Women di­rec­tors?

Finweek English Edition - - IN THE NEWS -

Ar e c ent s u r v e y of 50 0 min­ing com­pa­nies by UK or­gan­i­sa­tion Women in Min­ing found that only 7.9% of to­tal board mem­bers were women, re­in­forc­ing t he com­mon per­cep­tion that ex­trac­tive in­dus­tries are stuck in the dark ages.

Of the top 100 com­pa­nies sur­veyed, with a value of $1.28tr (R14.6tr) out of to­tal $1.46tr (R16.6tr) worth of firms cov­ered in the study, women com­prised 11.1% of to­tal board mem­bers, which rep­re­sents a measly 3.1% in­crease in three years.

This i s de­spite a claim i n t he study that fail­ing to have suff icient women on your board rep­re­sents bad busi­ness. Women i n Min­ing said that per­for­mance in­di­ca­tors, such as re­turn on cap­i­tal em­ployed, is ac­tu­ally bet­ter when there is fe­male board rep­re­sen­ta­tion.

South African min­ing, how­ever, com­pares f avourably against it s in­ter­na­tional peer group.

Ac­cord­ing to the web­sites of the JSE’s top 11 min­ing com­pa­nies, there are some 30 women serv­ing as di­rec­tors, equal to 23% of all board po­si­tions (130). In some cases, women con­trol ex­ec­u­tive roles as well, such as Christine Ra­mon, who is CFO for An­gloGold Ashanti.

Th­ese 30 women in­clude Glen­core’s re­cently ap­pointed fe­male direc­tor Pa­trice Merrin, whose ar­rival at the Swiss min­er­als and trad­ing group seven months ago ended the last of the FTSE 100 In­dex’s all-male boards.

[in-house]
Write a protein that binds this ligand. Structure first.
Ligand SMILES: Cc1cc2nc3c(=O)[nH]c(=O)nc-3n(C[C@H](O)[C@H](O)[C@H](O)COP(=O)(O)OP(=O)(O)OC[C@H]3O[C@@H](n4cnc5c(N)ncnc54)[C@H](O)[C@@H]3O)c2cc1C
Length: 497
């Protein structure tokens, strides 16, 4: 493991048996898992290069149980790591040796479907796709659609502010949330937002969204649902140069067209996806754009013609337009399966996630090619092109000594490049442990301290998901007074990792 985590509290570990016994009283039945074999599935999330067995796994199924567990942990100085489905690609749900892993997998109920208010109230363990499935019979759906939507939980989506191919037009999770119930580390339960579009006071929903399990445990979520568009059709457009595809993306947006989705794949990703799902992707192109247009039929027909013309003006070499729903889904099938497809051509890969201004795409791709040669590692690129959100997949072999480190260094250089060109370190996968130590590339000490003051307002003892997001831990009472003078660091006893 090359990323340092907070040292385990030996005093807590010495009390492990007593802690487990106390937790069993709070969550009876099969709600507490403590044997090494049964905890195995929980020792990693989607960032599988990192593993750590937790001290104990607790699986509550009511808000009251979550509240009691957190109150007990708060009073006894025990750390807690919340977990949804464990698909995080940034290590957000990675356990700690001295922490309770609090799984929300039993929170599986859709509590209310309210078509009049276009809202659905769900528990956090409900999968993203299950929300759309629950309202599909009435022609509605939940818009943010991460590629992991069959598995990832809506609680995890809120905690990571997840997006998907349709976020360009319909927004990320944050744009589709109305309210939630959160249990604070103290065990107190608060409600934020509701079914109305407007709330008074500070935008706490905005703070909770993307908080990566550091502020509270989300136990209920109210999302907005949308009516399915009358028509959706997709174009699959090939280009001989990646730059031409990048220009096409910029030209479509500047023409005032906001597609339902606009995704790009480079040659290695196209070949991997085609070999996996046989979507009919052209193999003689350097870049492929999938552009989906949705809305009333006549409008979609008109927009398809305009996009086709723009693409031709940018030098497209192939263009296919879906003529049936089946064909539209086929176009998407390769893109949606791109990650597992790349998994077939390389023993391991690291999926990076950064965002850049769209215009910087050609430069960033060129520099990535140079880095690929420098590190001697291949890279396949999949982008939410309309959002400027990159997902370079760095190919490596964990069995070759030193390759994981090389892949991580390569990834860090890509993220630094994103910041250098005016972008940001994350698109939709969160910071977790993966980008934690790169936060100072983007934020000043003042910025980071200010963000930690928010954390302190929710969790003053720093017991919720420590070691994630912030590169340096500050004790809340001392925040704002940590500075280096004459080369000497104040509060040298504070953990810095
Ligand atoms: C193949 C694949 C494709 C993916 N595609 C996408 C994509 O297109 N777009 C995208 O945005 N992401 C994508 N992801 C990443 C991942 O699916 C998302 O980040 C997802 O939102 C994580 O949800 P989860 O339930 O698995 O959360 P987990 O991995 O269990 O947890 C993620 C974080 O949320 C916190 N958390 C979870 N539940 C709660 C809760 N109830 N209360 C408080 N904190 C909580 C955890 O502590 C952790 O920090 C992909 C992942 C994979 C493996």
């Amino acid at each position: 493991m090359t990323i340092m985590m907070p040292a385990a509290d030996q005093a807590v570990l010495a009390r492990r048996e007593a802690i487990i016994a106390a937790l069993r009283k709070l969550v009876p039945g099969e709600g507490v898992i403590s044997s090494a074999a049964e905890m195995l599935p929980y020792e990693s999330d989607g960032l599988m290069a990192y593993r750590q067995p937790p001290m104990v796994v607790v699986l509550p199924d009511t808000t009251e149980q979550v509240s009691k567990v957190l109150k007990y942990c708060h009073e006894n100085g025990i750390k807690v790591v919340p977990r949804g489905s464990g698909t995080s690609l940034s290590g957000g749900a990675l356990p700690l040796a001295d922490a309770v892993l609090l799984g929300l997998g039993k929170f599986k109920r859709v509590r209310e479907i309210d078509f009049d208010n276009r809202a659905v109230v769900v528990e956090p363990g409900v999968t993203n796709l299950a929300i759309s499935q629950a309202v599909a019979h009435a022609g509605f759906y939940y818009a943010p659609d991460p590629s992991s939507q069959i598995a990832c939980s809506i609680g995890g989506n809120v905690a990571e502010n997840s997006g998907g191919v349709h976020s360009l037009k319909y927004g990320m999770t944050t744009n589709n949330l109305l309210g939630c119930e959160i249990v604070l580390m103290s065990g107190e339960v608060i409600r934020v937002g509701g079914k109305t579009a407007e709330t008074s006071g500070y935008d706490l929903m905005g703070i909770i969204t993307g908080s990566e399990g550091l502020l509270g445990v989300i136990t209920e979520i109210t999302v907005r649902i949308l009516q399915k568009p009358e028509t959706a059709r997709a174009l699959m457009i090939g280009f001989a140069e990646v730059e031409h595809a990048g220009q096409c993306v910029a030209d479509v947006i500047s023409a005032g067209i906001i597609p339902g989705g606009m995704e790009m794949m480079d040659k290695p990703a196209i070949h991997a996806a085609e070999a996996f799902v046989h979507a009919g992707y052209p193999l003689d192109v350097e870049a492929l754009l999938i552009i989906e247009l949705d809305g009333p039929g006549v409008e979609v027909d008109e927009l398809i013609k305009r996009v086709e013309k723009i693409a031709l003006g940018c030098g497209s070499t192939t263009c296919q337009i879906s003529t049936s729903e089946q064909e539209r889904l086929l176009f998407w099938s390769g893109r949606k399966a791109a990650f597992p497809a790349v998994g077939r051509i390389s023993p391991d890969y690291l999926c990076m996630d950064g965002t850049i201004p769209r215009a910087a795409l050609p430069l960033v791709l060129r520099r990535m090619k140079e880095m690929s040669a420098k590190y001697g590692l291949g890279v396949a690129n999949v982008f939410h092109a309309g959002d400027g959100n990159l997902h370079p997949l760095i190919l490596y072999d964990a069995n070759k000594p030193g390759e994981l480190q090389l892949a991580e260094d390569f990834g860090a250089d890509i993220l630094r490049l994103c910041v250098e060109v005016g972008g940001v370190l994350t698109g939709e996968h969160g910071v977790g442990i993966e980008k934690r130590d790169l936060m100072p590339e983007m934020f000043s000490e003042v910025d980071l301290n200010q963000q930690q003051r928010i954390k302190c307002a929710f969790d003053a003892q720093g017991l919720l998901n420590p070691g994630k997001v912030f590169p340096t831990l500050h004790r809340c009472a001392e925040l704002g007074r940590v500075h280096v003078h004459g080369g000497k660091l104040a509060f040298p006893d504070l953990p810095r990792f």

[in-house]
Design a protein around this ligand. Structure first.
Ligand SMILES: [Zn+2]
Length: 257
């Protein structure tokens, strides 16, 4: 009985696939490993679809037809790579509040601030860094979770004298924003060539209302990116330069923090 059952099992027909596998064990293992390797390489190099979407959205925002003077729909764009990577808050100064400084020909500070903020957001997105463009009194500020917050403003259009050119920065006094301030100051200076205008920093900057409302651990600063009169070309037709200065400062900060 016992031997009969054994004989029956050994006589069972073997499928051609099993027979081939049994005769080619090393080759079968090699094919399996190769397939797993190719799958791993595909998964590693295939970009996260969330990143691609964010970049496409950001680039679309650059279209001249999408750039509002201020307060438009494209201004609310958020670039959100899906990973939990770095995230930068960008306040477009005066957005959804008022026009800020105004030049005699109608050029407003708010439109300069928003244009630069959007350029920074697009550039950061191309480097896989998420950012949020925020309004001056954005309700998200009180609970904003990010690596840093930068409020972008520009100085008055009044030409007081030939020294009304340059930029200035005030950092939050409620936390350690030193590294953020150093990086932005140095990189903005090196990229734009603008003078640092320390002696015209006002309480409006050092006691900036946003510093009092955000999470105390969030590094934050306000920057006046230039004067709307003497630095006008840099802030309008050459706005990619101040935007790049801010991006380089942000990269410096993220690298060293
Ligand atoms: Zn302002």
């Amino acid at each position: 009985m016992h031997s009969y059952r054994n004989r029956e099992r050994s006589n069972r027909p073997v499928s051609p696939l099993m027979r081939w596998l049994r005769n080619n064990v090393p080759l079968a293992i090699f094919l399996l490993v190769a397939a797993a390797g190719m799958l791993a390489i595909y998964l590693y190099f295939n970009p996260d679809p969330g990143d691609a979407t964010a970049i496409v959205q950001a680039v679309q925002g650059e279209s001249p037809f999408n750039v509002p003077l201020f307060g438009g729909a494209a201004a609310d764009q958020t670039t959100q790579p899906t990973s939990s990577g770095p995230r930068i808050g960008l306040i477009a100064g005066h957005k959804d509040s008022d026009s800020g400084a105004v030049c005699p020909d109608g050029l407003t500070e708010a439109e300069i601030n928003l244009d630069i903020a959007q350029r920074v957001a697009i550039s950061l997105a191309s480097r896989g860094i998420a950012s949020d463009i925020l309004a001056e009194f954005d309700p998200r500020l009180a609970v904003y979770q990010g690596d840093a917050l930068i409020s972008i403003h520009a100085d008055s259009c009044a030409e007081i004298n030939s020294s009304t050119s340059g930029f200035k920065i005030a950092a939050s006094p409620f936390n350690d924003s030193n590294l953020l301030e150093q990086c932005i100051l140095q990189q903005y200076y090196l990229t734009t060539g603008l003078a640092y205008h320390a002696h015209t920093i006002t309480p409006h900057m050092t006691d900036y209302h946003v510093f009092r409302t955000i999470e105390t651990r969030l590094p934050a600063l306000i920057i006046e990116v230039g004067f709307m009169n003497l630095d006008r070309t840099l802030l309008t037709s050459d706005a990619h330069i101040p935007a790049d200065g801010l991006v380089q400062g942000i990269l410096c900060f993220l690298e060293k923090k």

It ’s not just Glen­core, how­ever, that could do more to ap­point women. Sur­pris­ingly, Exxaro Re­sources has only one fe­male direc­tor while an­other em­pow­er­ment group, African Rain­bow Min­er­als, has only t wo fe­male di­rec­tors out of 14 board seats – the largest di­rec­torate of the SA com­pa­nies stud­ied by Finweek.

Mike Teke, pres­i­dent of t he Cham­ber of Mines, c om­ments that it ’s no sur­prise that boards on which women serve per­form bet­ter i n busi­ness, but l i nks t his to t he im­por­tance of es­tab­lish­ing di­ver­sity. “We shouldn’t stop this con­ver­sa­tion, though; we need to get bet­ter and trans­form more,” he says.

Im­pala Plat­inum leads the way, in­ci­den­tally. Of its 12-strong board, nearly half – f i ve i n tota l – a re women. Roughly a quar­ter of the boards of An­glo Amer­i­can and its listed-sub­sidiary com­pa­nies con­sist of women, although mostly in nonex­ec­u­tive roles.

‘Bawdy ban­ter’ and the ‘ boys’ club’ cul­ture were seen by the Women in Min­ing sur­vey to be one of the ma­jor in­hibitors to ap­point­ing women to min­ing com­pany boards, but there are other less sin­is­ter fac­tors at work as well.

“The most com­mon de­grees for fe­male di­rec­tors on min­ing boards are f inance and eco­nomics with the most of the men hold­ing min­ing and en­gi­neer­ing de­grees,” said Ca­role Fer­gu­son, an an­a­lyst for Nu­mis Se­cu­ri­ties in the UK.

“Some would ar­gue that is one of the main rea­sons there are not enough women on the board, par­tic­u­larly in ex­ec­u­tive roles. Ar­guably women with en­gi­neer­ing de­grees who are tal­ented have choices and min­ing may not be their top pick,” Fer­gu­son said.

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